On a recent trip to New Jersey, I picked-up a Hasselblad 503CW (a story all of its own, which I’ll highlight in its own post soon). Because I didn’t have any film with me, the camera shop kindly threw-in a few rolls of 120 so I could immediately start shooting. Since they also let me choose what I wanted from their film fridge, I opted for three Kodak rolls: Portra 160, Portra 400, and Tri-X. It was a beautiful day, lots of sunlight, so the Portra 160 went into the magazine as my first-ever roll of film in the new Hassy. When I got home, I took it for processing as usual to Englewood Camera. But the results were nothing I was expecting.
When I took the roll in, I took a roll of black and white film as well. The person who took my order completed two separate envelopes as I would have expected; any one or more rolls of black and white, and any one or more rolls of color, or put in separate envelopes. But instead of marking the Portra 160 as color, he made a slight mistake: He checked the black and white box. I didn’t notice this, of course, until I got the processing back — processing that, as you might now surmise, was done in black and white chemistry, as opposed to color (C-41) chemistry.
The appearance of grayscale negative images on the amber acetate didn’t immediately register. Something wasn’t right, and it literally took my brain several seconds to realize that I was looking at black and white images on color film stock. That’s when I noticed the envelope, and that the wrong box had been checked.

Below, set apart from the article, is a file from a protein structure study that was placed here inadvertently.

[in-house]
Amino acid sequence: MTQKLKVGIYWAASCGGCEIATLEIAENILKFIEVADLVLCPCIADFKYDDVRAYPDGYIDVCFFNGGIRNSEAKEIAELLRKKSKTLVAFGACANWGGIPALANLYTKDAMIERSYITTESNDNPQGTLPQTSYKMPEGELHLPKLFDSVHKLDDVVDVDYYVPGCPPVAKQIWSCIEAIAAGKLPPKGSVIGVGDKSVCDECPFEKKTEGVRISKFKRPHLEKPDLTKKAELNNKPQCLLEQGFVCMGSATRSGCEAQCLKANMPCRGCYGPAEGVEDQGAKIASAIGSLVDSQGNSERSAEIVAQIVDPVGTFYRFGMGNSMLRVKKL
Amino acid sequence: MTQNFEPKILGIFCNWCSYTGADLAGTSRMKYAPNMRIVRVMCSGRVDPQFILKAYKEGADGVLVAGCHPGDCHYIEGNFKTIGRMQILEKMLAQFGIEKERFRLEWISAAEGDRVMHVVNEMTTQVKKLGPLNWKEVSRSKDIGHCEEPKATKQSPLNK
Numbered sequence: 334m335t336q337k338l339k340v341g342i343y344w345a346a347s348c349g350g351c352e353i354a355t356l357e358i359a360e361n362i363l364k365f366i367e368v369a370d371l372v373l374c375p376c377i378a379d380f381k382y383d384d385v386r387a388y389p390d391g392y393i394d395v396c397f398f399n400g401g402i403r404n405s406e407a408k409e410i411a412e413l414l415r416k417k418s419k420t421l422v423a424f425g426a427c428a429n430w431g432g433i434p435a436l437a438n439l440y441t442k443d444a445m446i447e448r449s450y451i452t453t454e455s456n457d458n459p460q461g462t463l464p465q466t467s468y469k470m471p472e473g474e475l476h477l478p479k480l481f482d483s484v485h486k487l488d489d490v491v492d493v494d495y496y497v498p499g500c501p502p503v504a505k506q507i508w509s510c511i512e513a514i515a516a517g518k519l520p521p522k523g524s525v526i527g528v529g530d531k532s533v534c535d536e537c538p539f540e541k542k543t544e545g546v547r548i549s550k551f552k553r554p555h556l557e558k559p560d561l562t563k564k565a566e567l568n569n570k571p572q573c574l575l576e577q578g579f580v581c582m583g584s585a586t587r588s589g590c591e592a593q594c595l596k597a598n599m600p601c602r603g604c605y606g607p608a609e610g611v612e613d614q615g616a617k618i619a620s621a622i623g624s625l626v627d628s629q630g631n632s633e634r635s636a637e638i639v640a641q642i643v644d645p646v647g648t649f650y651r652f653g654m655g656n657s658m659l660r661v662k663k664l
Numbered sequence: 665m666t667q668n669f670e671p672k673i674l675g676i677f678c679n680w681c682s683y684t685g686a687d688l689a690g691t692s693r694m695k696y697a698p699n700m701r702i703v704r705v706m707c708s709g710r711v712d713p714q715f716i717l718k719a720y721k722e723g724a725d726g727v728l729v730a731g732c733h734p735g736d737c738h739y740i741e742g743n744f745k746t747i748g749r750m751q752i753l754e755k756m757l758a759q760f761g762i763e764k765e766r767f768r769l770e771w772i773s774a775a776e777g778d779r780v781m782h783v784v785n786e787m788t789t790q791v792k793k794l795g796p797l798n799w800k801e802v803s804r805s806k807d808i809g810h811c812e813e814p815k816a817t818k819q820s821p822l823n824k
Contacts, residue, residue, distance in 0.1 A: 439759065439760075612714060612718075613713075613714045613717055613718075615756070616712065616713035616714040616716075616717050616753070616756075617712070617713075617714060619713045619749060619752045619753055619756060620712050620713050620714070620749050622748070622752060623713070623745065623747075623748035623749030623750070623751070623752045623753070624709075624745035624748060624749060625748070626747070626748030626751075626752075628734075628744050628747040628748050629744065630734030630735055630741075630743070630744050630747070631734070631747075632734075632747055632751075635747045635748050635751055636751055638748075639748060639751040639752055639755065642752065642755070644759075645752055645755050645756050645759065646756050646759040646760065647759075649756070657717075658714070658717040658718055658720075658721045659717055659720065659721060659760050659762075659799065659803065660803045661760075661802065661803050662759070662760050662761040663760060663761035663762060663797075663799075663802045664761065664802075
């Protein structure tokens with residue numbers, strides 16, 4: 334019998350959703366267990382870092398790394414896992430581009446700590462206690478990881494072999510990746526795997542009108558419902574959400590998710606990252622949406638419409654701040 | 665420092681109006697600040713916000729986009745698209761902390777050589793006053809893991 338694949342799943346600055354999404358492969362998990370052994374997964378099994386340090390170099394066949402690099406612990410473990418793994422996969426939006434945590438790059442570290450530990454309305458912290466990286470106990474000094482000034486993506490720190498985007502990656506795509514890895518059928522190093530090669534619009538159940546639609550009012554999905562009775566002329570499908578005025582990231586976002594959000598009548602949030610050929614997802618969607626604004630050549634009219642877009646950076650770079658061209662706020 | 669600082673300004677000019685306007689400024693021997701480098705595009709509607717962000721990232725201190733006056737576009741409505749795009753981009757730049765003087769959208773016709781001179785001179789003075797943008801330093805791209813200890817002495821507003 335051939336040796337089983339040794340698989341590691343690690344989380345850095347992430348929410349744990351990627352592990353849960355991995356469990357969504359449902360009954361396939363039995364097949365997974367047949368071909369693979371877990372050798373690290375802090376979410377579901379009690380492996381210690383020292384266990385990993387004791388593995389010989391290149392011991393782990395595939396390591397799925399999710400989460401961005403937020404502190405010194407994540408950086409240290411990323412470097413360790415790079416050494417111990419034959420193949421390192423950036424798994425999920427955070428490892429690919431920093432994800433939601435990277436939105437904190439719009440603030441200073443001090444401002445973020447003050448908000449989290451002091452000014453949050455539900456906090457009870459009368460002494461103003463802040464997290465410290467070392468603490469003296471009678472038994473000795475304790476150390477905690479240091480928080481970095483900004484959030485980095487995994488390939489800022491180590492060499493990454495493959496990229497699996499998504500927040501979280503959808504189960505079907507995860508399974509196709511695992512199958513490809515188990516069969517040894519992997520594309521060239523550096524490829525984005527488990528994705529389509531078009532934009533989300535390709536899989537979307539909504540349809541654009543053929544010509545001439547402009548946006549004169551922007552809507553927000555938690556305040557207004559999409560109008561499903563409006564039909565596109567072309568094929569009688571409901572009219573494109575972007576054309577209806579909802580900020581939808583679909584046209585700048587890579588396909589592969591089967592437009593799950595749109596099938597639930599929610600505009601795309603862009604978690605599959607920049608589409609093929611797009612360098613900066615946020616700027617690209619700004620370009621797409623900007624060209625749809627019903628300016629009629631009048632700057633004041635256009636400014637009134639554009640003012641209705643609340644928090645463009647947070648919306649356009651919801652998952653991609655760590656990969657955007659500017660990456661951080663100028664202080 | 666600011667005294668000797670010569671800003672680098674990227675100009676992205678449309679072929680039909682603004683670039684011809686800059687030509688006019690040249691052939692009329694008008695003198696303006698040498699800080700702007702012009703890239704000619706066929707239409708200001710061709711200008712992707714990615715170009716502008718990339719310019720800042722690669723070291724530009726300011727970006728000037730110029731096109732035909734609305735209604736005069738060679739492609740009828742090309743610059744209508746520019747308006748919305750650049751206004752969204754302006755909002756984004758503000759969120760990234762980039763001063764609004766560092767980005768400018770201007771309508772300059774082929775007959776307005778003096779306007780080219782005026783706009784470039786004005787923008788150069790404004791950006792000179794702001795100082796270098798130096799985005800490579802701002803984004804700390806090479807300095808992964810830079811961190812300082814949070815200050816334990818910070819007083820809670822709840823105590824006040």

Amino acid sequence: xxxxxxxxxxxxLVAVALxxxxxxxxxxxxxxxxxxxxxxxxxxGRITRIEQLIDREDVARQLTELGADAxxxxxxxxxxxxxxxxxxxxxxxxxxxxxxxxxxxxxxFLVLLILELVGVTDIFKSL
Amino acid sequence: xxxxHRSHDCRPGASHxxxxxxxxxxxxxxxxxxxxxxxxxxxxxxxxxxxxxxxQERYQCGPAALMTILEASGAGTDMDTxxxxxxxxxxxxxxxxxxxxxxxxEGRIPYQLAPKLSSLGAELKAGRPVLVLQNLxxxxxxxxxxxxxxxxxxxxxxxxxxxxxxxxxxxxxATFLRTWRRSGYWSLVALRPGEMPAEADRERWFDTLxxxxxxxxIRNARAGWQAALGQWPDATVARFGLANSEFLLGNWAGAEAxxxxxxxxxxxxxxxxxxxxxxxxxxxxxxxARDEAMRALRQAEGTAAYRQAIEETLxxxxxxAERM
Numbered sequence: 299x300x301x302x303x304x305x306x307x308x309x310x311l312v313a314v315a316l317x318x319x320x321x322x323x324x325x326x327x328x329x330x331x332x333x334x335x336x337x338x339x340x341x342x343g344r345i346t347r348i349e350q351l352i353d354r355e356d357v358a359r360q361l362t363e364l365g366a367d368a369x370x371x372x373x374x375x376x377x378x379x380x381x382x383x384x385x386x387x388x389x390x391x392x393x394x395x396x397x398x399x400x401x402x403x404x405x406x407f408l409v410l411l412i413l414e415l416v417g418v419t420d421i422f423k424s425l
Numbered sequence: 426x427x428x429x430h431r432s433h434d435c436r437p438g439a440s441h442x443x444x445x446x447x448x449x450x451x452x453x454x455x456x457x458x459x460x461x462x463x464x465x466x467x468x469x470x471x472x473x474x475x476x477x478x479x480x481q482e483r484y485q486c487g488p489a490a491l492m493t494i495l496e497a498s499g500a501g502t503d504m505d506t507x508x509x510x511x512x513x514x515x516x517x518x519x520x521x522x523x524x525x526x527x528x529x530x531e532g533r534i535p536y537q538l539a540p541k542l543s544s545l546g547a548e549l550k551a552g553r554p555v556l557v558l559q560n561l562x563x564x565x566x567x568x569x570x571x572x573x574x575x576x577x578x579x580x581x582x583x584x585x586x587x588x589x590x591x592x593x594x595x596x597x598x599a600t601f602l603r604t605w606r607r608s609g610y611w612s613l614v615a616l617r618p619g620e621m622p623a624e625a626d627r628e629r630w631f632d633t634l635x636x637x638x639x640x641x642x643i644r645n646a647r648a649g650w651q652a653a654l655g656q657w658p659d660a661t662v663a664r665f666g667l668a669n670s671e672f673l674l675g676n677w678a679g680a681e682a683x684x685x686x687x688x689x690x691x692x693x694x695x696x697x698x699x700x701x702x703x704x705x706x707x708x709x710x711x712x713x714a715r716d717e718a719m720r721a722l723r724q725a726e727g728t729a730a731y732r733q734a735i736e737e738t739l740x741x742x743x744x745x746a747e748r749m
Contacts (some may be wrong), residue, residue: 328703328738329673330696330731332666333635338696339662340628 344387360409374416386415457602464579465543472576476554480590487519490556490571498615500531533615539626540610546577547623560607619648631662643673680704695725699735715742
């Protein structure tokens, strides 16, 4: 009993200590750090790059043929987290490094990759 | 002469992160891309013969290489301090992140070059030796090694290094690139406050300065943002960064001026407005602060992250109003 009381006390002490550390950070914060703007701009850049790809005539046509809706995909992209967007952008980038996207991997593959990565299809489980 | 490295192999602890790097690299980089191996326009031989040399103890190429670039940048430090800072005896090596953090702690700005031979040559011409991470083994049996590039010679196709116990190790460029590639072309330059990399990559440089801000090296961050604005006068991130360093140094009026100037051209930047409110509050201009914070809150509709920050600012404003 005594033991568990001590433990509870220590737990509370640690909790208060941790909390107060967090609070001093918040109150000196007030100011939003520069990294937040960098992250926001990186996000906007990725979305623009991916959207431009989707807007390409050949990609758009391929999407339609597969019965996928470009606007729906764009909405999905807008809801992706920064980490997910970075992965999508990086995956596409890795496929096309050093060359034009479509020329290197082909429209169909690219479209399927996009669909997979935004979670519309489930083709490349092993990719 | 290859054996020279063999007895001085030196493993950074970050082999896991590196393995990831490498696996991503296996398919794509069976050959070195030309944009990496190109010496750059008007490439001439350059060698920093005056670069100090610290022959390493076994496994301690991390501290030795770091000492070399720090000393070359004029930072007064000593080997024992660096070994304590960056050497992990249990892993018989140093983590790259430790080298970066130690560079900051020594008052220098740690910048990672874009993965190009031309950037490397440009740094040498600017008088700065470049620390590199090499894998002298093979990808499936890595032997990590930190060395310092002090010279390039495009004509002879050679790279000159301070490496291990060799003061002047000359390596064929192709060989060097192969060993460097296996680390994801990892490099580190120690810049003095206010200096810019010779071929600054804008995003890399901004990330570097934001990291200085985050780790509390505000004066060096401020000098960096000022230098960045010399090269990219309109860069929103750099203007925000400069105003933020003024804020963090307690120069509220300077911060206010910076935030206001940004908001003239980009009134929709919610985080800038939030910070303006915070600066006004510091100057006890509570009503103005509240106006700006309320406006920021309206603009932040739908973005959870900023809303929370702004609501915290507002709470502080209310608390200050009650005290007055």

My initial reaction was understandably not positive; I put color film in the camera for a reason, and I took the shots believing they were going to be reproduced in Portra’s full, colorful glory.
It wasn’t until I got home and started scanning the negatives on my Epson V800 that I realized what I actually had: Some really nice black and white images, like these:
Because of the amber acetate, these had to be scanned as color negatives, but the scanner had difficulty in automatically identifying the frames. As a result, I manually selected the image areas, resulting in the bits of rebate you see around these images.
In any case, what I uncovered were 12 frames of superbly rich black and white images. The blacks were nice and dense, and the overall tonality is superb to my eye. The shadow detail in these images may be lacking a bit, but not to an extent that I find the least bit concerning. On the contrary, the overall look of the images is just the sort of thing I want out of my black and white shots. You can see all of the ones I chose to post to Flickr here. (That link is all my photos tagged “xpro” which may actually include others in the future.)
Moreover, I think that this series of shots, taken around Westwood where the camera store (Bergen County Camera) is located, are actually better suited to black and white; I think if these shots had been in color, the effect wouldn’t have been anywhere near as nice. Perhaps on a future trip to New Jersey, I’ll take the Hasselblad and see if I can capture the same images in color for comparison.
Bottom line: I had no idea that Kodak Portra 160 would make such a nice black and white film.